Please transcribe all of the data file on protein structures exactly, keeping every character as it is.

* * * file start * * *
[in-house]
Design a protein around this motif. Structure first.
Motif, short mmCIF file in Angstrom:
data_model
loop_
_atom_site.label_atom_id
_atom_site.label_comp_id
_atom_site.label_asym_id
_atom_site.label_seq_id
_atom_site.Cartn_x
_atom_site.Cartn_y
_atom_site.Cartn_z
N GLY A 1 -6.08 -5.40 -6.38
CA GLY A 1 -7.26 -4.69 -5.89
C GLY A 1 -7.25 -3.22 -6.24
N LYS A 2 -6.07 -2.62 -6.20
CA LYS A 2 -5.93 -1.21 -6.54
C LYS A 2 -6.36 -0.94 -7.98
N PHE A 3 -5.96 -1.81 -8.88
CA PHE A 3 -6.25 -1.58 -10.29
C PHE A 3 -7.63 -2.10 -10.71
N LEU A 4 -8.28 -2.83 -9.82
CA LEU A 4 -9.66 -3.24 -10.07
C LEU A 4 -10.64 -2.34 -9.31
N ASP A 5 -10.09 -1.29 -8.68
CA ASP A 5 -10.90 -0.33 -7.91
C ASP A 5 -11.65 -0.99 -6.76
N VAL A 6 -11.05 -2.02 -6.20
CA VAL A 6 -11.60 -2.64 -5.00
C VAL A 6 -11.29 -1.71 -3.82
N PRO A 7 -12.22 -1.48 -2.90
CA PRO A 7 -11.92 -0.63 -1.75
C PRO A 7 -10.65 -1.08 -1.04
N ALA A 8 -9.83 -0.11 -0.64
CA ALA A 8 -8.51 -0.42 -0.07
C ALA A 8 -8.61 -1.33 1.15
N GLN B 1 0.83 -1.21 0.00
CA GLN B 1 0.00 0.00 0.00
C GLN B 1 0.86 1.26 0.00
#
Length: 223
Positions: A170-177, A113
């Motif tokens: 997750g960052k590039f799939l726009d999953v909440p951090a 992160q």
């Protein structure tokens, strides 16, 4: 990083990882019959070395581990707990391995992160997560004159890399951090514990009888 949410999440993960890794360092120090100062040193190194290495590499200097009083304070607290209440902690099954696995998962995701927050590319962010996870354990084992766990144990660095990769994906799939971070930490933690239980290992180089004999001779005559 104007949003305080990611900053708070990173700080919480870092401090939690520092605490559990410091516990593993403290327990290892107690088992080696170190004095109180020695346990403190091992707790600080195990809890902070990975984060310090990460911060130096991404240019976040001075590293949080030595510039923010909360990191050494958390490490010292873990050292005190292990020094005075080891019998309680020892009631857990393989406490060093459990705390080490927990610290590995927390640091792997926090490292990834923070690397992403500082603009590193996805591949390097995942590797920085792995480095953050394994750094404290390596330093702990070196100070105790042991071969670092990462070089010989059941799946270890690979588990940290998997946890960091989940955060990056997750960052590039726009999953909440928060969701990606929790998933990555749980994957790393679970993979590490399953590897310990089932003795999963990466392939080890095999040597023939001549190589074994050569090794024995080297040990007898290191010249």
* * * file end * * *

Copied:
[in-house]
Design a protein around this motif. Structure first.
Motif, short mmCIF file in Angstrom:
data_model
loop_
_atom_site.label_atom_id
_atom_site.label_comp_id
_atom_site.label_asym_id
_atom_site.label_seq_id
_atom_site.Cartn_x
_atom_site.Cartn_y
_atom_site.Cartn_z
N GLY A 1 -6.08 -5.40 -6.38
CA GLY A 1 -7.26 -4.69 -5.89
C GLY A 1 -7.25 -3.22 -6.24
N LYS A 2 -6.07 -2.62 -6.20
CA LYS A 2 -5.93 -1.21 -6.54
C LYS A 2 -6.36 -0.94 -7.98
N PHE A 3 -5.96 -1.81 -8.88
CA PHE A 3 -6.25 -1.58 -10.29
C PHE A 3 -7.63 -2.10 -10.71
N LEU A 4 -8.28 -2.83 -9.82
CA LEU A 4 -9.66 -3.24 -10.07
C LEU A 4 -10.64 -2.34 -9.31
N ASP A 5 -10.09 -1.29 -8.68
CA ASP A 5 -10.90 -0.33 -7.91
C ASP A 5 -11.65 -0.99 -6.76
N VAL A 6 -11.05 -2.02 -6.20
CA VAL A 6 -11.60 -2.64 -5.00
C VAL A 6 -11.29 -1.71 -3.82
N PRO A 7 -12.22 -1.48 -2.90
CA PRO A 7 -11.92 -0.63 -1.75
C PRO A 7 -10.65 -1.08 -1.04
N ALA A 8 -9.83 -0.11 -0.64
CA ALA A 8 -8.51 -0.42 -0.07
C ALA A 8 -8.61 -1.33 1.15
N GLN B 1 0.83 -1.21 0.00
CA GLN B 1 0.00 0.00 0.00
C GLN B 1 0.86 1.26 0.00
#
Length: 223
Positions: A170-177, A113
């Motif tokens: 997750g960052k590039f799939l726009d999953v909440p951090a 992160q």
């Protein structure tokens, strides 16, 4: 990083990882019959070395581990707990391995992160997560004159890399951090514990009888 949410999440993960890794360092120090100062040193190194290495590499200097009083304070607290209440902690099954696995998962995701927050590319962010996870354990084992766990144990660095990769994906799939971070930490933690239980290992180089004999001779005559 104007949003305080990611900053708070990173700080919480870092401090939690520092605490559990410091516990593993403290327990290892107690088992080696170190004095109180020695346990403190091992707790600080195990809890902070990975984060310090990460911060130096991404240019976040001075590293949080030595510039923010909360990191050494958390490490010292873990050292005190292990020094005075080891019998309680020892009631857990393989406490060093459990705390080490927990610290590995927390640091792997926090490292990834923070690397992403500082603009590193996805591949390097995942590797920085792995480095953050394994750094404290390596330093702990070196100070105790042991071969670092990462070089010989059941799946270890690979588990940290998997946890960091989940955060990056997750960052590039726009999953909440928060969701990606929790998933990555749980994957790393679970993979590490399953590897310990089932003795999963990466392939080890095999040597023939001549190589074994050569090794024995080297040990007898290191010249």